So, in my post apocalyptic world, trade and commerce is very important to many towns economies, and so is currency. They need to be able to trade with nearby settlements, but their are robbers and raiders, so you can’t travel around with gold unless you want to get killed. So, in the post apocalyptic North America, merchants have come up with a new solution. So, people have opened up these businesses were they keep your gold for a small fee, and the businesses give the people slips of thin tree bark with a signature and amount of gold on it, that they can use to get their gold back. My question is, could this system work?

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    $\begingroup$ Congratulations, these merchants just invented banking XD $\endgroup$ – Sasha May 27 '18 at 19:32
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    $\begingroup$ gold is the standard because people say it is the standard, not because it is intrinsically valuable the way say food or iron is (I know, computers need it, but when gold was chosen it wasn't useful beyond decoration). If you used a different form of currency would that change things? Read a series were coins were steel, so if needed they could be melted down and actually used. They had value beyond what people agreed it was. $\endgroup$ – Seserous May 27 '18 at 19:54
  • $\begingroup$ @Sasha: I didn’t even realize that $\endgroup$ – DT Cooper May 27 '18 at 20:05

Do you realize that this is how banknotes started? In effect a promissory note.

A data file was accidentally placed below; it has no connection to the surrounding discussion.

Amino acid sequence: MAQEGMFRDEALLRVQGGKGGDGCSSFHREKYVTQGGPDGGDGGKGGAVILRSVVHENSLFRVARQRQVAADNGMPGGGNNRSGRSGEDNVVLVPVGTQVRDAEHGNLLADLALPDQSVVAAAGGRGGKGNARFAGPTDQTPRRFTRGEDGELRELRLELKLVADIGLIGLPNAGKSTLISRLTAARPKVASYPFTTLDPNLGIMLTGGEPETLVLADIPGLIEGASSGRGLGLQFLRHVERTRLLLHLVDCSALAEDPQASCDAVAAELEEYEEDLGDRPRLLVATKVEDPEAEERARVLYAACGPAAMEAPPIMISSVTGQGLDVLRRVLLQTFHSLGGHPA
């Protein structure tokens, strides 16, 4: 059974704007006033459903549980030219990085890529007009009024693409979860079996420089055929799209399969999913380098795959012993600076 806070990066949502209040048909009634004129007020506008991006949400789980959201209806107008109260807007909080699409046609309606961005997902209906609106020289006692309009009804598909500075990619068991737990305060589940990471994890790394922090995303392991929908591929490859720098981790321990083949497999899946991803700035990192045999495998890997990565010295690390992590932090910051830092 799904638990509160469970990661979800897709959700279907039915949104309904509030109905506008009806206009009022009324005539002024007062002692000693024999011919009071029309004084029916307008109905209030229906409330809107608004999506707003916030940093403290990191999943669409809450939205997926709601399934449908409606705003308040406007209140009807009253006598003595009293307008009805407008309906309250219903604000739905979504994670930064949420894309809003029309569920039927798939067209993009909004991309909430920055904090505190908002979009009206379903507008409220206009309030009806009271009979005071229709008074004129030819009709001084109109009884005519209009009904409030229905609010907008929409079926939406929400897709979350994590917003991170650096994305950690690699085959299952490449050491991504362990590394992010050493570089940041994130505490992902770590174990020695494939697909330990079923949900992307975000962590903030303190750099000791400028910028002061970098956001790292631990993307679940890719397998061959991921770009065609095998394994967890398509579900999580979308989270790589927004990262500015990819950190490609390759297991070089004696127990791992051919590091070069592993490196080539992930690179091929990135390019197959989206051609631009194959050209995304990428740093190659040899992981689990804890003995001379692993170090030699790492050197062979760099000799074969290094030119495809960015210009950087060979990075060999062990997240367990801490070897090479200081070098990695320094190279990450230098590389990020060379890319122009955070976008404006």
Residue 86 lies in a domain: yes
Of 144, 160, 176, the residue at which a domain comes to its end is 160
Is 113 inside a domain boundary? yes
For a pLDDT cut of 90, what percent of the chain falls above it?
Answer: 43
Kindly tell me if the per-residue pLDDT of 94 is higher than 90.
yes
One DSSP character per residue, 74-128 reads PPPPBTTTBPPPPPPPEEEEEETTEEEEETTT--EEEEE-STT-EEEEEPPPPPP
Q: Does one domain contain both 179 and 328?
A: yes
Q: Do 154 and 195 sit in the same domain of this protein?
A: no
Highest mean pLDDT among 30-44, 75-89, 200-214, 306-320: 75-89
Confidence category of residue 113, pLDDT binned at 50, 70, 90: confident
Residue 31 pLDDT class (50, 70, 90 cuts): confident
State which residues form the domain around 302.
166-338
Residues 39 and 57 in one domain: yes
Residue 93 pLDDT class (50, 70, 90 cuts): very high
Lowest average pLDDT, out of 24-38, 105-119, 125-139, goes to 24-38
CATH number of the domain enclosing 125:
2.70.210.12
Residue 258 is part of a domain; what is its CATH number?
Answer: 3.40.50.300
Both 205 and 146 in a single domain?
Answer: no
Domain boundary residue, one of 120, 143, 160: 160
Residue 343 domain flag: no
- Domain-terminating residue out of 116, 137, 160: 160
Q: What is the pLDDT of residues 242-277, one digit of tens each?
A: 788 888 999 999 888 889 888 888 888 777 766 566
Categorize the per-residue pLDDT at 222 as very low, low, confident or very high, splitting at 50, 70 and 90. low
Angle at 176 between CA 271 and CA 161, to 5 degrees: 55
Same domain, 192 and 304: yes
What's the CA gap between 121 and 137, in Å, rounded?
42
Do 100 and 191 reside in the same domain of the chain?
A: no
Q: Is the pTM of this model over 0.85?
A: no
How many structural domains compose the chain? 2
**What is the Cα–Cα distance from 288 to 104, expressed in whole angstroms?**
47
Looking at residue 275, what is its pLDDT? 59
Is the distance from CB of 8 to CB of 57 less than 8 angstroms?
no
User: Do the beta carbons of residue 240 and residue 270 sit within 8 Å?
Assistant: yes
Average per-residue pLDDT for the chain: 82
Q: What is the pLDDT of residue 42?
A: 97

The value of the piece of bark would depend on both the credibility/counterfeit-proofness of the physical token and the reputation of the issuing business. If the business is distant, there will be a discount on the face value.

And perhaps reputable businesses/banks will start to recognize each other's notes, and they get even more practical. One could swap a large note for several smaller ones at the local bank to settle a debt.

The idea that only central banks may issue notes is a more recent development.

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  • $\begingroup$ What! For real, I thought this was an original concept of mine, I didn’t know anything about the history of banknotes $\endgroup$ – DT Cooper May 27 '18 at 18:47
  • $\begingroup$ @DTCooper, look at this. commons.wikimedia.org/wiki/… $\endgroup$ – o.m. May 27 '18 at 18:52
  • $\begingroup$ it’s Crazy how I independently came up with the Idea for banknotes $\endgroup$ – DT Cooper May 27 '18 at 18:54

Paper money and promissory notes were accepted in the Middle Ages because the guild of moneylenders seriously monitored their members. If one of them couldn't cover the loses, he was executed summarily (by beheading in the Kingdom of Aragon of the 14th century).

I think it could work the same in a your scenario: if there's someone watching over those merchant-banks so they don't run away with the money or lend more than they have, people will trust them with their savings.

So, how independant are your merchants?

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